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Oregon’s Online Shoppers Urged to Get Back to Basics

December 15, 2008

Salem, OR - One bright spot in the holiday retail picture is online shopping, which is expected to be up nine percent this year. However, with $32 billion in online sales expected this season, there are bound to be some unhappy customers out there in cyberspace. For the past few years, Internet sales have ranked fifth or sixth on the Oregon Attorney General's "Top Ten" list of consumer complaints, generating about 500 complaints a year.

Attorney Jim Nehf, chairman of the American Bar Association's Cyberspace Committee, says it's easy to forget exactly where you made a purchase if you surf the 'Net – so saving the Web addresses and full item descriptions of anything you order are important steps, in case there are problems later.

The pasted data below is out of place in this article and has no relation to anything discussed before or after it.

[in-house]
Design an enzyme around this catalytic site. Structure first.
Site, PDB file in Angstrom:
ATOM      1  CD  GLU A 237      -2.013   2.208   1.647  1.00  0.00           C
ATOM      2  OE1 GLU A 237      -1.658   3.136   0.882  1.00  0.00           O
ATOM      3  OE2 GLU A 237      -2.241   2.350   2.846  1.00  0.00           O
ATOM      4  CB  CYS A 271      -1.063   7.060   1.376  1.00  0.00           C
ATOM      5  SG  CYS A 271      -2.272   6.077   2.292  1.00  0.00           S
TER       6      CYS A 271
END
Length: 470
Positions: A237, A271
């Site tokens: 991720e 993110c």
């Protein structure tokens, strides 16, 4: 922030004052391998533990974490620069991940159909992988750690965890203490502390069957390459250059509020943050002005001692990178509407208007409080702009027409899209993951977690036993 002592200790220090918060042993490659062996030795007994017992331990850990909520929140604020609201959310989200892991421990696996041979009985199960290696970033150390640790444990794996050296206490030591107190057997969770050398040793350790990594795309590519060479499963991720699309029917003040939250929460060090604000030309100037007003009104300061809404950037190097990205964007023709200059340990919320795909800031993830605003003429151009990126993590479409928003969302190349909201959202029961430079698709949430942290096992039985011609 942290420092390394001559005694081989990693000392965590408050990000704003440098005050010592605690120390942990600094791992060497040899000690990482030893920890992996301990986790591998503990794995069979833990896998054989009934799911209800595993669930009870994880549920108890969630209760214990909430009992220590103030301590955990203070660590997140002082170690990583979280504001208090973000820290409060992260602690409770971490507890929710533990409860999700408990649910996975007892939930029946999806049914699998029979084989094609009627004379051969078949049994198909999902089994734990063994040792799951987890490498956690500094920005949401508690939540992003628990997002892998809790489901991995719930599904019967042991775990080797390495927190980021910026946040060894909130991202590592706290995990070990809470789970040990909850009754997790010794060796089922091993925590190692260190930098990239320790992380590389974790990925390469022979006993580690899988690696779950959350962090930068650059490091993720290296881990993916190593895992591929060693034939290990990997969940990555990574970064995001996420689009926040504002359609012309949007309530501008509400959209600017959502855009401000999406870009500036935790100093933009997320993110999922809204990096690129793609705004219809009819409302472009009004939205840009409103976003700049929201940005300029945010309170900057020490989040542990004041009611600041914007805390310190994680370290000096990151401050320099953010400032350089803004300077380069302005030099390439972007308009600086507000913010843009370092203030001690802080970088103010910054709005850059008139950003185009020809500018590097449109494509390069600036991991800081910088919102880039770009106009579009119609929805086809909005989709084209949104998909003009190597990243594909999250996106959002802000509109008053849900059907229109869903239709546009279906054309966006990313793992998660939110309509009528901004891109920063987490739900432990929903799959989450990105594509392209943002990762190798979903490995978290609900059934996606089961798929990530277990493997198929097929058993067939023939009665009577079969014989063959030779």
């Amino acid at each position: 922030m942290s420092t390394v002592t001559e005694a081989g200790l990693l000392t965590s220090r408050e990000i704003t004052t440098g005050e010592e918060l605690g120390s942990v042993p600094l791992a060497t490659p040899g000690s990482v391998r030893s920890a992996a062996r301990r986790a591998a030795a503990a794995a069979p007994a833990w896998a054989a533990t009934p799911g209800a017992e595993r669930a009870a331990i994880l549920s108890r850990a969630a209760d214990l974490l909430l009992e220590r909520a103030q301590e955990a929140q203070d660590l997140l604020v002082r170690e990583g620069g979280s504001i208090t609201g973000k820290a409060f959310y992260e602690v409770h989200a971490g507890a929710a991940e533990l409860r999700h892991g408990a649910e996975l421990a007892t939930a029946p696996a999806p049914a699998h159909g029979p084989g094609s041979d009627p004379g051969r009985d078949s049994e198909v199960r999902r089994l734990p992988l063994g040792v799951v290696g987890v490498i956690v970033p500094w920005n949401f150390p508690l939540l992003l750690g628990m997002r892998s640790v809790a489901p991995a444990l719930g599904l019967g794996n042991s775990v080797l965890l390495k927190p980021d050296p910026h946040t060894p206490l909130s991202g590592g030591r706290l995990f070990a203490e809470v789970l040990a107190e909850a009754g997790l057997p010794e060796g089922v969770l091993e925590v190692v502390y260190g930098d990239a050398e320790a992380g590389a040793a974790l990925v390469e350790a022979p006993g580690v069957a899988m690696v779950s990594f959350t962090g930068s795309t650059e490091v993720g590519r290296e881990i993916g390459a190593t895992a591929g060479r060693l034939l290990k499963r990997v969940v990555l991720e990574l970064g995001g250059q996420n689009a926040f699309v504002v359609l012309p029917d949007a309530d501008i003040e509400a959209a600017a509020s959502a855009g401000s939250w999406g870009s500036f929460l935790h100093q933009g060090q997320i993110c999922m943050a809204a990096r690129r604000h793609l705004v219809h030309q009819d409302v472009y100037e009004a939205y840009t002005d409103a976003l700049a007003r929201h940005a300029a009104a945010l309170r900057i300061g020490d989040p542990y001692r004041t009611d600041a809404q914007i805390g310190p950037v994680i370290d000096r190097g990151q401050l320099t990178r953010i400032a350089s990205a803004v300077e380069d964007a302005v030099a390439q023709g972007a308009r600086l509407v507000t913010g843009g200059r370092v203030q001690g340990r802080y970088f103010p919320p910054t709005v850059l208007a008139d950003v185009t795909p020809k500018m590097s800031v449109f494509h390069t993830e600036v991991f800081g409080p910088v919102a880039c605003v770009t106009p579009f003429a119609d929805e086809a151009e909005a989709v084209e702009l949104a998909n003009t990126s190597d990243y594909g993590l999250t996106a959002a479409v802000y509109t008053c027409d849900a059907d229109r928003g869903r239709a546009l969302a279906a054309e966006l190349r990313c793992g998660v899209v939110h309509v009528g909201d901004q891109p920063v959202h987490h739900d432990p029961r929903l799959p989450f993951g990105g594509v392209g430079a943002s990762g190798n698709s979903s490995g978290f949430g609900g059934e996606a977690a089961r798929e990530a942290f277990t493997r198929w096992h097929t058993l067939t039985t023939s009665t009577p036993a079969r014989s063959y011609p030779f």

"You want to make sure that you're getting what you think you're getting in the transaction – and not be surprised by contract terms, or something the Web site is doing that ultimately disappoints you."

Nehf has found that Internet buyers don't always heed the basics of smart shopping – things like checking for return policies, warranties and shipping charges, before placing an order.

"In terms of protecting your personal information, it may not be as safe as paying cash at a local store, but it's just as safe as using credit cards in other circumstances, as long as you take some basic precautions."

The other major concern, explains Nehf, is protecting shoppers' identities and credit card numbers. First, he recommends going online to check out a merchant's reputation before ordering. Go directly to the Web site to place the order, rather than clicking on a link in an email message that was sent to you. Make sure you're on a secure portion of the site before placing an order, and use a credit card rather than a debit card to make Internet purchases.

The American Bar Association has a Web site that offers more tips to help with online transactions:

Chris Thomas, Public News Service - OR